3.

BASIC AND DILUTED EARNINGS PER COMMON SHARE CALCULATION

There was no significant dilutive effect on Great Plains Energy’s EPS from other securities for the three months ended and year to date September 30, 2005 and 2004. To determine basic EPS, preferred stock dividend requirements are deducted from income from continuing operations and net income before dividing by average number of common shares outstanding. The earnings (loss) per share impact of discontinued operations, net of income taxes, is determined by dividing discontinued operations, net of income taxes, by the average number of common shares outstanding. Diluted EPS, calculated using the treasury stock method, assumes the issuance of common shares applicable to stock options, performance shares and FELINE PRIDESSM.

The following table reconciles Great Plains Energy’s basic and diluted EPS from continuing operations.



Three Months Ended
September 30
Year to Date
September 30
2005 2004 2005 2004

Income (thousands, except per share amounts)
Income from continuing operations     $ 89,095   $ 67,862   $ 134,792   $ 138,810  
Less: preferred stock dividend requirements    412    412    1,235    1,235  

Income available to common shareholders   $ 88,683   $ 67,450   $ 133,557   $ 137,575  

Common Shares Outstanding  
Average number of common shares outstanding    74,653    74,270    74,561    71,251  
Add: effect of dilutive securities    30    66    72    83  

Diluted average number of common shares outstanding    74,683    74,336    74,633    71,334  

Basic and diluted EPS from continuing operations   $ 1.19   $ 0.91   $ 1.79   $ 1.93  


As of September 30, 2005 and 2004, there were no significant anti-dilutive shares applicable to stock options or performance shares. As of September 30, 2005 and 2004, 6.5 million FELINE PRIDES had no dilutive effect because the number of common shares to be issued in accordance with the settlement rate, assuming applicable market value equal to the average price during the period, would be equal to the number of shares Great Plains Energy could re-purchase in the market at the average price during the period.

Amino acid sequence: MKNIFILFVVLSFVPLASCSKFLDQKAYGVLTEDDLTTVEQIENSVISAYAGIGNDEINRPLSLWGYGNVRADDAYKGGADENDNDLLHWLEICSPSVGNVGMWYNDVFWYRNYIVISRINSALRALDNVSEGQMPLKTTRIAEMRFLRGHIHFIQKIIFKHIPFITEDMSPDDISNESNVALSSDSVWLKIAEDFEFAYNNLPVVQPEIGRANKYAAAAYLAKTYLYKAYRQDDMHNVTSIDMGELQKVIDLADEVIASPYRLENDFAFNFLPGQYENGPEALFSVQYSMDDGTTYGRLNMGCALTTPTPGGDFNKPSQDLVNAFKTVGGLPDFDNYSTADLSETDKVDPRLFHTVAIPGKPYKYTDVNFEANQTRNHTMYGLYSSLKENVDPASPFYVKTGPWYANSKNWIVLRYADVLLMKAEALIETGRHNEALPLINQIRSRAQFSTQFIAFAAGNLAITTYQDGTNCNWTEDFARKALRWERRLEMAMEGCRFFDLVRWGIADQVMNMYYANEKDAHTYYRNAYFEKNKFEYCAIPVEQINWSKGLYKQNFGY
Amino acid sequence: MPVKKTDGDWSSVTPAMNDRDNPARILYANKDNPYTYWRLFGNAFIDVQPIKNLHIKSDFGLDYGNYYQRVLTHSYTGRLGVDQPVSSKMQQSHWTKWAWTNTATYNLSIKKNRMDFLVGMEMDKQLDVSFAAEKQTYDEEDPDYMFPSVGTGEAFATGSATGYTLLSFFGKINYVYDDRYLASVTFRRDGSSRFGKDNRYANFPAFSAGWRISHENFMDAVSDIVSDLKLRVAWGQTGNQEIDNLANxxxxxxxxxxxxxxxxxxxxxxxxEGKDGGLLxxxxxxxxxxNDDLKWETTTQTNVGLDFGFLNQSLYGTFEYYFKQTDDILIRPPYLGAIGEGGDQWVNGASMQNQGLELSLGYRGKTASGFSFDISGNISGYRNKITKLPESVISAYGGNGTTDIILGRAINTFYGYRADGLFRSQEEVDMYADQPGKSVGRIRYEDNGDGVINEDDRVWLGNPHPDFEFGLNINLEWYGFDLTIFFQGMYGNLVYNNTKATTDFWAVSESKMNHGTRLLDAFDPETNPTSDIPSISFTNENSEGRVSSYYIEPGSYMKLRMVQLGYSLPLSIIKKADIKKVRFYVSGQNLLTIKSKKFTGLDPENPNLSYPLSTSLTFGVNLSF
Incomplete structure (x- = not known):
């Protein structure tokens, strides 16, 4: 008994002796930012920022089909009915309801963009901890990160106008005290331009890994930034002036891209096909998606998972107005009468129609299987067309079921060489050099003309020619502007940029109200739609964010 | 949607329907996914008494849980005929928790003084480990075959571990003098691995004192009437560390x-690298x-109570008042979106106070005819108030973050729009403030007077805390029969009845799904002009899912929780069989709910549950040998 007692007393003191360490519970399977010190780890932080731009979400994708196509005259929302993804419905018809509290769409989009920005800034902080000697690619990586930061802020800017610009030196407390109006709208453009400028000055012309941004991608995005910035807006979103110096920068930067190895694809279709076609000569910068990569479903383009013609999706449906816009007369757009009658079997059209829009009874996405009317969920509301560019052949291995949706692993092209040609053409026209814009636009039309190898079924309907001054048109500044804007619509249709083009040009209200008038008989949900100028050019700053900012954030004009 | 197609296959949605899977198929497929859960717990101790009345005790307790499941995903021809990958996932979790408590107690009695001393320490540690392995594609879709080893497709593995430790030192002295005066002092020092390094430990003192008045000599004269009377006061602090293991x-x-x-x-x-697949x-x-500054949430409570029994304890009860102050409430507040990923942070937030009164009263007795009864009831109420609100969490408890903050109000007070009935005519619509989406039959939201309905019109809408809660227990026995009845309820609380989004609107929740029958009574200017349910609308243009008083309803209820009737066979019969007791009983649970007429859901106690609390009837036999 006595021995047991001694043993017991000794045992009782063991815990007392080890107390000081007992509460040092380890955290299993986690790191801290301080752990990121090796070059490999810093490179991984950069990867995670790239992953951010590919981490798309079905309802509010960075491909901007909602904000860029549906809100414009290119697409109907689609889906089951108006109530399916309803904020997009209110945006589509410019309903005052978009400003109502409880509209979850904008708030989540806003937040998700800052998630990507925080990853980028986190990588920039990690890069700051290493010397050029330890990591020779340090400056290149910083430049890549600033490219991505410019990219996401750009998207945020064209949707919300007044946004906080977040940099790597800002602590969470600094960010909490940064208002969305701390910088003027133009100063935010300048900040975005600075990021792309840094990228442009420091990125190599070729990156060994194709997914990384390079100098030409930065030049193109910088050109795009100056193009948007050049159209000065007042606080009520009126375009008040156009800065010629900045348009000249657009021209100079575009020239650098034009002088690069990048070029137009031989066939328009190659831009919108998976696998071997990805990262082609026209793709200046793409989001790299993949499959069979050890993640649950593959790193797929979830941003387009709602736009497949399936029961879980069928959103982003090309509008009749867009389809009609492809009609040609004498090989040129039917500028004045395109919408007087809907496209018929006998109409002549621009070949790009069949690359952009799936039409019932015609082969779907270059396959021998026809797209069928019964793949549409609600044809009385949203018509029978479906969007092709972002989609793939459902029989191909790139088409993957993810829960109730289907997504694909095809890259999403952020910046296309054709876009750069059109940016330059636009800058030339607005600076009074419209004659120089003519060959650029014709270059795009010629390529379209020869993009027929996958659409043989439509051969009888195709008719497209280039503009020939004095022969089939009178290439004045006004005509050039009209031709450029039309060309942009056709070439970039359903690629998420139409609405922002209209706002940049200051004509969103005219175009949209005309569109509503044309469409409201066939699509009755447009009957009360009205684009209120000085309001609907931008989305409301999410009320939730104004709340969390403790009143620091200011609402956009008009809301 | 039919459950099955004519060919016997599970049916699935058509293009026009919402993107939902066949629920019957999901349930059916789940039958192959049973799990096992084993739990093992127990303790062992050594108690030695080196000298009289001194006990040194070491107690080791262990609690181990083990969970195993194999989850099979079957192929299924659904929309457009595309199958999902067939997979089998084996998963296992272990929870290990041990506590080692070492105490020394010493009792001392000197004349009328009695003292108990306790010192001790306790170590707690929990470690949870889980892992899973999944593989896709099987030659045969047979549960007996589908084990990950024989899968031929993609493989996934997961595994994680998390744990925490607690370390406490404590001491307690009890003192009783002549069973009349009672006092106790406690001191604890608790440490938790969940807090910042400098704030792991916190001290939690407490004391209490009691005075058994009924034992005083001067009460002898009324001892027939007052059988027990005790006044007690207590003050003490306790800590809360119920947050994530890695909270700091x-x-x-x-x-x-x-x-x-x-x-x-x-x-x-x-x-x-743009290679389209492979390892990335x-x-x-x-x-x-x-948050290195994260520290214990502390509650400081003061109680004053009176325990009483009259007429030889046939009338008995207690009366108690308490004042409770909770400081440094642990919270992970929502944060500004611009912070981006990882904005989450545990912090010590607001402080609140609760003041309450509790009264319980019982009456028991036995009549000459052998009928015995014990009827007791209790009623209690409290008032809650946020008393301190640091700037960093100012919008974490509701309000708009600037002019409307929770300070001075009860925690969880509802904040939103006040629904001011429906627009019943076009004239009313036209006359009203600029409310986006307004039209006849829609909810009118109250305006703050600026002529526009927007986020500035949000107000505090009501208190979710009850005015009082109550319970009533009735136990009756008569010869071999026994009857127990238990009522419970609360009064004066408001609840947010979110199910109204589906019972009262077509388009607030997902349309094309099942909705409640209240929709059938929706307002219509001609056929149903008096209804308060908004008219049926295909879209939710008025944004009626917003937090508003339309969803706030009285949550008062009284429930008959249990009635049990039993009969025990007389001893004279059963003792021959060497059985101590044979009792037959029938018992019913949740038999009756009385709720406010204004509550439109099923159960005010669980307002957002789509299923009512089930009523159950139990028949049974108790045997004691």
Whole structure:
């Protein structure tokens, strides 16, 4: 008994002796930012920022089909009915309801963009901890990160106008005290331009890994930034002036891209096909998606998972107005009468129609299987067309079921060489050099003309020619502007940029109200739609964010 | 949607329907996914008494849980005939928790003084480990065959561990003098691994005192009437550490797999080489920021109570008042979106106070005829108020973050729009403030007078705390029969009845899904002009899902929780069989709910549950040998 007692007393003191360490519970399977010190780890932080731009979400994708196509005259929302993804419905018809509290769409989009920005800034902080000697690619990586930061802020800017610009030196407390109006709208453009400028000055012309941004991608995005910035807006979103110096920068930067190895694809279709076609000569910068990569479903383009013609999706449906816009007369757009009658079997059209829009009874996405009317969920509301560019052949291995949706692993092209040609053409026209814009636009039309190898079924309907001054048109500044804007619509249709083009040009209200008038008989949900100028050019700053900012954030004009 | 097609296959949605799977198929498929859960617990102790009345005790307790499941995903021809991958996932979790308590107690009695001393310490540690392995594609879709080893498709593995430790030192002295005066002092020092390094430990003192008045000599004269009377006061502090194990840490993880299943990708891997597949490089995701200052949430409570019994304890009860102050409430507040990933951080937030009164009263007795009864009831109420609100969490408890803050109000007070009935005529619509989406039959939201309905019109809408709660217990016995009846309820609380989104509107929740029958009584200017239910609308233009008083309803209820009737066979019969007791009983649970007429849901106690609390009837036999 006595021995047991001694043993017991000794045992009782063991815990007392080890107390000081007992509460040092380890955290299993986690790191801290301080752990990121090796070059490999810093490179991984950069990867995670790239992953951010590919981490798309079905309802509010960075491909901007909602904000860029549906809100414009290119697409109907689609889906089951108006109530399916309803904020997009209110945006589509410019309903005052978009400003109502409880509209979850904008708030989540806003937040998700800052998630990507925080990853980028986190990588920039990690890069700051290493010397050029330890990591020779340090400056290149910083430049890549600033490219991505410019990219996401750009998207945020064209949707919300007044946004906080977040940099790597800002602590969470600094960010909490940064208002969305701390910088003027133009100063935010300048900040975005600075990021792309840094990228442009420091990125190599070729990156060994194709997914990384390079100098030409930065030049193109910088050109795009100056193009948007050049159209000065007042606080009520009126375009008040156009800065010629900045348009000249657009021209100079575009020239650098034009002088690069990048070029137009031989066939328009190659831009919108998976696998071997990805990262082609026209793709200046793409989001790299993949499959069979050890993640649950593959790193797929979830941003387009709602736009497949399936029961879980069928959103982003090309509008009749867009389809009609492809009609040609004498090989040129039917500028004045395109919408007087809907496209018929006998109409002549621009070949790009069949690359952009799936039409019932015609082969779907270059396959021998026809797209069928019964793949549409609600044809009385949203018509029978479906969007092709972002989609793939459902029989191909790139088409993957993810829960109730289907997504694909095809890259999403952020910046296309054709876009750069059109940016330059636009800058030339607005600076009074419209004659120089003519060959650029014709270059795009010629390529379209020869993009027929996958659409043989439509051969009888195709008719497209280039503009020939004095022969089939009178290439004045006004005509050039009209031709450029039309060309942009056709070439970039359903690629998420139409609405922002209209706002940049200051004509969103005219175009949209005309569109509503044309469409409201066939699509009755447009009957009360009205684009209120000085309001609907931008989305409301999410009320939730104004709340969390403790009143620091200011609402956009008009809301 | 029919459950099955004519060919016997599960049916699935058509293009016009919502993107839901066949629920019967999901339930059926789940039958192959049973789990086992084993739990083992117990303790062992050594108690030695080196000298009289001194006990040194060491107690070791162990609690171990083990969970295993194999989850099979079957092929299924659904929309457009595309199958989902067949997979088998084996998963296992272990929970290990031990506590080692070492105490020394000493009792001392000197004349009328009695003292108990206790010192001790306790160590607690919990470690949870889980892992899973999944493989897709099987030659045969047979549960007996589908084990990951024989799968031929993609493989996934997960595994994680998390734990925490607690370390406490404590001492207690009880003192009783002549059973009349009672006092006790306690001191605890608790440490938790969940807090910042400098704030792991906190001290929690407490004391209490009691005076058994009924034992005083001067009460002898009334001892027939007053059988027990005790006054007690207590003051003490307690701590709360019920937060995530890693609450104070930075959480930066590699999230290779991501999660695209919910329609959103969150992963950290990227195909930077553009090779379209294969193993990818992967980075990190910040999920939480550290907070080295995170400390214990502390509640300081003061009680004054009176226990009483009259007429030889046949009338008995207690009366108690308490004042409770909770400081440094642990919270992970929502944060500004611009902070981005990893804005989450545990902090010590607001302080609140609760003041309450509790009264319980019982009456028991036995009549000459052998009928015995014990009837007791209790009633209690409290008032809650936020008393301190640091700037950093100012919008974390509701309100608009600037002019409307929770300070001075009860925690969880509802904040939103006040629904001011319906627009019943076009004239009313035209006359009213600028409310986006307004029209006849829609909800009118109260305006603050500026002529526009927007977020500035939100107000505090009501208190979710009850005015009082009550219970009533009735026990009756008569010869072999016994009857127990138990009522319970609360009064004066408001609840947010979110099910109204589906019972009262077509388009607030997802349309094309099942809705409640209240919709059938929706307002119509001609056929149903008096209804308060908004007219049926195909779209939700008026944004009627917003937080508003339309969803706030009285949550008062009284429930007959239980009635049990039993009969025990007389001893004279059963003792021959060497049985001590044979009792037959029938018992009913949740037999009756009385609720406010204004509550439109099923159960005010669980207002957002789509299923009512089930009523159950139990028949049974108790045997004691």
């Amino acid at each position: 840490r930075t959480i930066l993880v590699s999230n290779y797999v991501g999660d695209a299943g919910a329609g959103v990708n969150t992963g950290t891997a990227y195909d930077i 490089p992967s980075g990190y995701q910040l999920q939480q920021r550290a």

In November 2005, the Board of Directors declared a quarterly dividend of $0.415 per share on Great Plains Energy’s common stock. The common dividend is payable December 20, 2005, to shareholders of record as of November 29, 2005. The Board of Directors also declared regular dividends on Great Plains Energy’s preferred stock, payable March 1, 2006, to shareholders of record as of February 7, 2006.

 

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4.

SUPPLEMENTAL CASH FLOW INFORMATION

Great Plains Energy Other Operating Activities

Year to Date September 30 2005 2004

Cash flows affected by changes in: (thousands)
    Receivables     $ (63,682 ) $ (62,118 )
    Fuel inventories    2,328    1,470  
    Materials and supplies    (2,553 )  2,741  
    Accounts payable    28,027    17,284  
    Accrued taxes    53,525    81,993  
    Accrued interest    1,191    186  
Wolf Creek refueling outage accrual    (7,655 )  7,645  
Deposits with suppliers    82    836  
Pension and postretirement benefit assets and obligations    6,045    917  
Allowance for equity funds used during construction    (1,081 )  (1,497 )
Other    (14,564 )  (5,476 )

        Total other operating activities   $ 1,663   $ 43,981  

Cash paid during the period:  
    Interest   $ 54,263   $ 53,560  
    Income taxes   $ 24,141   $ 24,509  


Consolidated KCP&L Other Operating Activities

Year to Date September 30 2005 2004

Cash flows affected by changes in: (thousands)
    Receivables     $ (20,401 ) $ (13,600 )
    Fuel inventories    2,328    1,470  
    Materials and supplies    (2,553 )  2,741  
    Accounts payable    (2,706 )  (19,221 )
    Accrued taxes    66,946    63,409  
    Accrued interest    1,177    (867 )
Wolf Creek refueling outage accrual    (7,655 )  7,645  
Pension and postretirement benefit assets and obligations    2,336    4,408  
Allowance for equity funds used during construction    (1,081 )  (1,497 )
Other    12,008    4,562  

        Total other operating activities   $ 50,399   $ 49,050  

Cash paid during the period:  
    Interest   $ 42,067   $ 48,092  
    Income taxes   $ 32,404   $ 23,780  


Significant Non-Cash Items

As of September 30, 2005, KCP&L had sold SO2 emission allowances totaling $57.3 million of which $26.3 million was recorded in receivables. During the first quarter of 2005, HSS completed the sale of Worry Free. As part of the transaction, HSS received cash of $0.3 million and notes receivable totaling $5.2 million, net of a $3.0 million allowance. The notes receivable had no effect on Great Plains Energy’s and consolidated KCP&L’s cash flows with the exception of $0.3 million receipt of payments on the notes during 2005.

 

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5.

RECEIVABLES

The Company’s receivables are detailed in the following table.


September 30
2005
December 31
2004

Consolidated KCP&L (thousands)
    Customer accounts receivable (a)     $ 56,228   $ 19,866  
    Allowance for doubtful accounts    (1,730 )  (1,722 )
    Other receivables    53,912    45,222  

       Consolidated KCP&L receivables    108,410    63,366  
Other Great Plains Energy  
    Other receivables    235,164    188,499  
    Allowance for doubtful accounts    (5,193 )  (4,681 )

       Great Plains Energy receivables   $ 338,381   $ 247,184  

(a) Customer accounts receivable included unbilled receivables of $39.3 million
     and $31.2 million at September 30, 2005, and December 31, 2004, respectively.